Light review: Standing in shadow

Light, from developer Just A Pixel and published by Worms studio Team17, is a top-down, minimalist stealth game that calls to mind the likes of Monaco, Mark of the Ninja and Hotline Miami. Unfortunately, it never hits its notes as expertly as those games do. Neither great nor particularly bad, it is the definition of "middle-tier." Light succeeds where it needs to, but never exceeds expectations.

For some, that will be enough. For most, Light is the flickering bulb of a dying flashlight.

Light begins with as minimal an amount of detail regarding its story as it does rendering its graphics. You wake up in a facility managed – or at least tied to – a shadowy corporation, unsure of how you got there or even who you are. As you progress through the game's 12 levels, you uncover the conspiracy that put you there, and seek to right what went wrong.

Stealth is your ally in this quest, and almost all of Light's systems revolve around making yourself unseen. Unfortunately, very little of the game makes these systems feel important.

The lighting system, for instance, throws shadows around to light up everything within your line of sight. However, you can also tell where enemies and objectives are even when they're not within your character's field of vision, rendering the effect little more than a visual novelty. A cute novelty, but one that has no meaningful impact.

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You can assess a guard or camera's range of vision by the length of a cone that sweeps the area in front of them, and there is some fun to be had in ducking behind an object that casts a shadow to avoid detection. It's like returning to the grade-school mentality of "They can't see me if I can't see them."

Even if a guard does spot you, however, the situation is far from hopeless. Guards will fire if given a second to line up their shot, prompting you to restart the level from the beginning. However, by dodging and moving quickly behind cover or around a corner, it's possible to ambush a pursuing enemy and kill them before they can take you out. That may sound exciting, but everything in Light moves at a comfortable pace, so accomplishing this feat isn't exactly challenging. You never feel the rush of "oh man am I gonna get him before he takes me out," because it's never in doubt.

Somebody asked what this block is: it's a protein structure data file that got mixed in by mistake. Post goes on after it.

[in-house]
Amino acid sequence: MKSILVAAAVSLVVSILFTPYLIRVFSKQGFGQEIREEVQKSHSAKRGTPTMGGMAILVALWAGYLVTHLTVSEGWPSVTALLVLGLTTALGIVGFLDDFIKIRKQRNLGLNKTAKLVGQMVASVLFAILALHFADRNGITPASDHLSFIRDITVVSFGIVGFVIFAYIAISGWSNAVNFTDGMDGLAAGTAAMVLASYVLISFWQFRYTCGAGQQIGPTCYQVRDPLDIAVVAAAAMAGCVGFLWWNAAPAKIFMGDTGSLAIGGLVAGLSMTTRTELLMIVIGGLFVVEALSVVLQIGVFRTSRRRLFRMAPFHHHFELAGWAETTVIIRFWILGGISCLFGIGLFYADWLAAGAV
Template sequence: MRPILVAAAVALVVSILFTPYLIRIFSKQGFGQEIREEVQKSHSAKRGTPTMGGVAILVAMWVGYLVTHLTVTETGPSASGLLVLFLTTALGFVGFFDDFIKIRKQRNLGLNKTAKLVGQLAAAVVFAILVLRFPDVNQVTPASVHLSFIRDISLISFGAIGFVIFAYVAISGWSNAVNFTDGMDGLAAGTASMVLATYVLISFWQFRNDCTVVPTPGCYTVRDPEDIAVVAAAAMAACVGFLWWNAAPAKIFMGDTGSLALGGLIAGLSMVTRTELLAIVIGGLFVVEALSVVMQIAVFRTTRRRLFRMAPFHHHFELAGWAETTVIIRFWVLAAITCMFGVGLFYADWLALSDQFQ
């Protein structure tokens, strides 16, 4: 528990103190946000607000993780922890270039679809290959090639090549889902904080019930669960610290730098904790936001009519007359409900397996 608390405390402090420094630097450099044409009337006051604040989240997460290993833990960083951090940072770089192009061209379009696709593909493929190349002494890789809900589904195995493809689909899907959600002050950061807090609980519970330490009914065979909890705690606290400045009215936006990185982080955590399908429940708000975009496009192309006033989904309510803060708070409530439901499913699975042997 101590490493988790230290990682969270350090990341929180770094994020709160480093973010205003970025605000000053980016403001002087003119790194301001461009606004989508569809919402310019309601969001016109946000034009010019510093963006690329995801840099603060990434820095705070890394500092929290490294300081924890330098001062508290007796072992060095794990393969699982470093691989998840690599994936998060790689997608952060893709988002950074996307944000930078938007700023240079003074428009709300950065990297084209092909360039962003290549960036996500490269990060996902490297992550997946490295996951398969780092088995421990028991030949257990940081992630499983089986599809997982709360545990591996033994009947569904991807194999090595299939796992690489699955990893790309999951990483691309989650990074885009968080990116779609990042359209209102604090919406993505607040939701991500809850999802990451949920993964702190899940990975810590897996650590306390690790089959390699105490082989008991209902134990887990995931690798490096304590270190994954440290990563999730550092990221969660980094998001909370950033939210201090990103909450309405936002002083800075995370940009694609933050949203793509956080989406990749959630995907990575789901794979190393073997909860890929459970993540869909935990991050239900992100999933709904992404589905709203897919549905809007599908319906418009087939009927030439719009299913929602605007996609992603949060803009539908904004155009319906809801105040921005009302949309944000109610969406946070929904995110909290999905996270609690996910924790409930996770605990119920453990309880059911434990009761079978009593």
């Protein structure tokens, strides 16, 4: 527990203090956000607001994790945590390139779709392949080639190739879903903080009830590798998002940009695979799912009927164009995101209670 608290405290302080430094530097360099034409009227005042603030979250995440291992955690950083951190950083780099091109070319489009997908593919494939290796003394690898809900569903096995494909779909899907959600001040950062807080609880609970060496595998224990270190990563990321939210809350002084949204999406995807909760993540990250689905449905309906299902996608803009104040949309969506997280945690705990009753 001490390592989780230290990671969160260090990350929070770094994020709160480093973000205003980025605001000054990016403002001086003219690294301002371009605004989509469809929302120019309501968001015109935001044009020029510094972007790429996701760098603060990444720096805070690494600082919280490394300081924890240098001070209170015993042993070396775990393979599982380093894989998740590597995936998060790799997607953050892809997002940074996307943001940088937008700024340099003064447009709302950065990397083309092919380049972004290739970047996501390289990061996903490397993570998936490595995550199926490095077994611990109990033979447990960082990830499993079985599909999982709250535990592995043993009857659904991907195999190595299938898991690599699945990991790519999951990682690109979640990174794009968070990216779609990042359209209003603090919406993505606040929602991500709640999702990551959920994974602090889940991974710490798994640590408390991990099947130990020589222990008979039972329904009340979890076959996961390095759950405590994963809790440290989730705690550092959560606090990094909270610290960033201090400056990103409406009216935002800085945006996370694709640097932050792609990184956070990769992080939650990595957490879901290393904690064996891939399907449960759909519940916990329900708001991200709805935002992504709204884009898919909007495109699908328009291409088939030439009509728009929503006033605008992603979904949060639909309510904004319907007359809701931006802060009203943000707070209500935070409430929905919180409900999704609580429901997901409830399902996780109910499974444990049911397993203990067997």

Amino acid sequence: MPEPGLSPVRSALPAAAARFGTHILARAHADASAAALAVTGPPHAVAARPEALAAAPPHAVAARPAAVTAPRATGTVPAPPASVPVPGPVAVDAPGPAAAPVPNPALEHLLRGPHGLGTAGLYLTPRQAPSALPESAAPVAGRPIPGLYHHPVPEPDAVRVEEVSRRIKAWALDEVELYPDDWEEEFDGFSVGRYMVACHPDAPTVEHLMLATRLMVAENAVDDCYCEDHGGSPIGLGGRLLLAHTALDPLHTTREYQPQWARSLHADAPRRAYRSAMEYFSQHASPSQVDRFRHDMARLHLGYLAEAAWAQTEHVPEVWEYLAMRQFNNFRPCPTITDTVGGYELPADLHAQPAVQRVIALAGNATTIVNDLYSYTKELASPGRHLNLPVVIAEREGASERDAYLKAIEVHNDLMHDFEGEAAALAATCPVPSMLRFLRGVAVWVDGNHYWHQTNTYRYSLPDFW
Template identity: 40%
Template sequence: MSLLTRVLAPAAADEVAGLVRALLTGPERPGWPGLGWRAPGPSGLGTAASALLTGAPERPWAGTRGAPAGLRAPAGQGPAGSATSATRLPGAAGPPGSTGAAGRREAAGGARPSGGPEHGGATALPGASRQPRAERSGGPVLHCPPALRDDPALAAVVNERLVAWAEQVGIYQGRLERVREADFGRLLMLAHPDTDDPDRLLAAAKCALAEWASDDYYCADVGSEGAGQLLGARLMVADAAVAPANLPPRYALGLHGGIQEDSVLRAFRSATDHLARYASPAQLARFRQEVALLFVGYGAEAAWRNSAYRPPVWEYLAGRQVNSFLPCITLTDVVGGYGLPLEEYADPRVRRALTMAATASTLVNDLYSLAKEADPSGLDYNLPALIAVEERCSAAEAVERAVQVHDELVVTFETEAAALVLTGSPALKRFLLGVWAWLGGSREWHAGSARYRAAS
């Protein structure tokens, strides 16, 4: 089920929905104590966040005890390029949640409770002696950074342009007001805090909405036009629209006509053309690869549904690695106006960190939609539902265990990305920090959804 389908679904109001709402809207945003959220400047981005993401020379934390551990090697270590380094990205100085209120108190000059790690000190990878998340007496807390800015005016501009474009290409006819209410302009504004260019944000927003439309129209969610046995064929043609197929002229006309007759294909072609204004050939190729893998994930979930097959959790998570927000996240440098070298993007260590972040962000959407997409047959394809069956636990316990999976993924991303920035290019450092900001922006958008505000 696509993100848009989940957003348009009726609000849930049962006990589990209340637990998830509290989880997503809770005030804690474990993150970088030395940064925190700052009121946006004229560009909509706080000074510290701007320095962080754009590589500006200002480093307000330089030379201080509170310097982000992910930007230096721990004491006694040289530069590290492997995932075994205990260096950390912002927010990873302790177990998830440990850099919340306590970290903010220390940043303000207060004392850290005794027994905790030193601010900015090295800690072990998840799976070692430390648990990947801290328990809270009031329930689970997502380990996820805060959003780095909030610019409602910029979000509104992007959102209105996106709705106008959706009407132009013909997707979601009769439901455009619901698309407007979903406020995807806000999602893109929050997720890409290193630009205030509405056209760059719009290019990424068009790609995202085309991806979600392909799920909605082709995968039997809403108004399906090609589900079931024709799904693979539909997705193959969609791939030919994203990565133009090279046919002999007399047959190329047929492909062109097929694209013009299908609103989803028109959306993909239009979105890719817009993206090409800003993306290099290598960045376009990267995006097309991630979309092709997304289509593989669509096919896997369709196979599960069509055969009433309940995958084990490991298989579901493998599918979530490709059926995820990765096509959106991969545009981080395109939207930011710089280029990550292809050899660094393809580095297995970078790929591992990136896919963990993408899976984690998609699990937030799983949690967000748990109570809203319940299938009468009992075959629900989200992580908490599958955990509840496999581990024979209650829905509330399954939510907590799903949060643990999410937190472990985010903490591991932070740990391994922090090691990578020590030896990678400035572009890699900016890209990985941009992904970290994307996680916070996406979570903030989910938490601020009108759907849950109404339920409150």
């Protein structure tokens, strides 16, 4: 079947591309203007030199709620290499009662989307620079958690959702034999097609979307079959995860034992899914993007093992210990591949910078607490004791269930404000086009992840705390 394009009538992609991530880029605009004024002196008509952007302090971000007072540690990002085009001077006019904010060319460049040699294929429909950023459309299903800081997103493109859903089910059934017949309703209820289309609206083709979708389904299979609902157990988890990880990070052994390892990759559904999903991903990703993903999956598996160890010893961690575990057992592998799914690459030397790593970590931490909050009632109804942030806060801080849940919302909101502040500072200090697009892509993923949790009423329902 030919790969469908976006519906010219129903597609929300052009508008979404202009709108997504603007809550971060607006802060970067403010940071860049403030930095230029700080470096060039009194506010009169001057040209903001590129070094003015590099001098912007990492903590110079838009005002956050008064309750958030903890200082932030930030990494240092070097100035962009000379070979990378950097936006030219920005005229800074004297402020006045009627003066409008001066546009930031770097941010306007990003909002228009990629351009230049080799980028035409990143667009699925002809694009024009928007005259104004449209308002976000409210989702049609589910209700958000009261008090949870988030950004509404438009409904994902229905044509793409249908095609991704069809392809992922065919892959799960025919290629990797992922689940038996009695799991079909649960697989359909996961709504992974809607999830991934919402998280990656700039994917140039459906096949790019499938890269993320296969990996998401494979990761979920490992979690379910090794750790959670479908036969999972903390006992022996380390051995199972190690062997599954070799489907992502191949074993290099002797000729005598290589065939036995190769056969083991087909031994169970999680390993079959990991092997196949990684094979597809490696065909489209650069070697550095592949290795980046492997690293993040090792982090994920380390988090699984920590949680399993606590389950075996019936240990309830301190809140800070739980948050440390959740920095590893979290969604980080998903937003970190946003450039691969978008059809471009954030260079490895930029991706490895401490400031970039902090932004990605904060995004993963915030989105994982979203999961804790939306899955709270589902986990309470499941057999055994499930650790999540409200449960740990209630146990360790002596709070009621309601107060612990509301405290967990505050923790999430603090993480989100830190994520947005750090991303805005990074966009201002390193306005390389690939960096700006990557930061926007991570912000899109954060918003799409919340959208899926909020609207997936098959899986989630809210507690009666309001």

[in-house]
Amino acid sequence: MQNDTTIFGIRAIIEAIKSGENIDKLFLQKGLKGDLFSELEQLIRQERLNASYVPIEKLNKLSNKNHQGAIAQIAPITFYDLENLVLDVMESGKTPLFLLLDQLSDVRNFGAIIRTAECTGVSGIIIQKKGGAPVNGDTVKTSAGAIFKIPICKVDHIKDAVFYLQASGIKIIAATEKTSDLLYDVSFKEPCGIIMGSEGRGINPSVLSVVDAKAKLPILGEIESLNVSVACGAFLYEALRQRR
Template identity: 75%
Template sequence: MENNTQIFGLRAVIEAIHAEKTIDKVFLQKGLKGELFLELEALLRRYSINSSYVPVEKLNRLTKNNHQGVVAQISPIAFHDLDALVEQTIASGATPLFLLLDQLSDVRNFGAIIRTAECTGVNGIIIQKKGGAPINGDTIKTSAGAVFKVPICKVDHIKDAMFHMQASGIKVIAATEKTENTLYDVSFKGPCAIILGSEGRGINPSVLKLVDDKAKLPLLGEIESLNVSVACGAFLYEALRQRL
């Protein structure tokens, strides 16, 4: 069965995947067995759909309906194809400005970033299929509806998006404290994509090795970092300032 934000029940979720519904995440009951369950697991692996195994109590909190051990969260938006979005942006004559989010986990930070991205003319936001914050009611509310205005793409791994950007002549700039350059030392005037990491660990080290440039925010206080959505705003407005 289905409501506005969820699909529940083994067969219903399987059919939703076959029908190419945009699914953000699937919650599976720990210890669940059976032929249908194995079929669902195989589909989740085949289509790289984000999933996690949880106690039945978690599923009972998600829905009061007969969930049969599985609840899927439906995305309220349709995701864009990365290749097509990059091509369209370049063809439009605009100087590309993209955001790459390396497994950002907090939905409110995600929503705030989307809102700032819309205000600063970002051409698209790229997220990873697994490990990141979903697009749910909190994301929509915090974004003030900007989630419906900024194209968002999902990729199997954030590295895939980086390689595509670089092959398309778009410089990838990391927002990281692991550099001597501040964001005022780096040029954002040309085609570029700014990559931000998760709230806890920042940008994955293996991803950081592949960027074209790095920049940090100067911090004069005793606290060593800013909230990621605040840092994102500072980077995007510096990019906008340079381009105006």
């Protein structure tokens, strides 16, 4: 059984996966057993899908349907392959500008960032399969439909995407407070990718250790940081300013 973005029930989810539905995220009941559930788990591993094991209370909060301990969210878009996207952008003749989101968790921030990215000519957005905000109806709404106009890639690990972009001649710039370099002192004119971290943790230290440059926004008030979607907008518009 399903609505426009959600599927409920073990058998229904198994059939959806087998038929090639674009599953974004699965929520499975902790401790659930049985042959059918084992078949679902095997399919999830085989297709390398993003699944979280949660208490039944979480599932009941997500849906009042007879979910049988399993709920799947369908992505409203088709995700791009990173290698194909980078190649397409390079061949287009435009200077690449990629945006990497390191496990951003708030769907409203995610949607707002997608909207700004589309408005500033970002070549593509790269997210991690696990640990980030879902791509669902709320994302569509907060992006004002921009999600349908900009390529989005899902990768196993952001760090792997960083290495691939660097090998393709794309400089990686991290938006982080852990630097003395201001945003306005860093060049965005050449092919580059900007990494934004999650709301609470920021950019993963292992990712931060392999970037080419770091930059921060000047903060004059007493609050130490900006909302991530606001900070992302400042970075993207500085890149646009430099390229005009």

Guard AI is likewise non-threatening. If a body is found or if a guard spots but then loses track of you, they'll go into a search mode, breaking away from their usual patrol route in an attempt to discern your location. These searches aren't exactly thorough however; I got spotted running into an enclosed room with no escape only to have the guard wander back and forth outside the door, wondering where I'd disappeared to.

Each level requires you to steal, plant or sabotage bits of information, but it's never more complicated than heading to a highlighted area, then pressing or holding the E button. Hacking is also extremely simplistic, consisting entirely of "hold E, press Q, click an icon to unlock a door or turn off a camera." There's no complexity here, no challenge, so it also feels like there's no reward. It's just another on your list of to-dos, somewhere between picking up the milk and unclogging the sink.

Each of Light's individual elements function well, but they never function in an interesting way. The lighting system is naught but eye candy, hacking and stealing are bereft of effort, and the story is told entirely via in-game notes that fail to excite or even tease much of a mystery. Light reaches for greatness, but ends up merely serviceable; nothing breaks or falls apart within its mechanically sound design, but nothing inspires the game to step out from the shadows of better games.

This review is based on a Steam download of Light, provided by Team17. Images: Team17.

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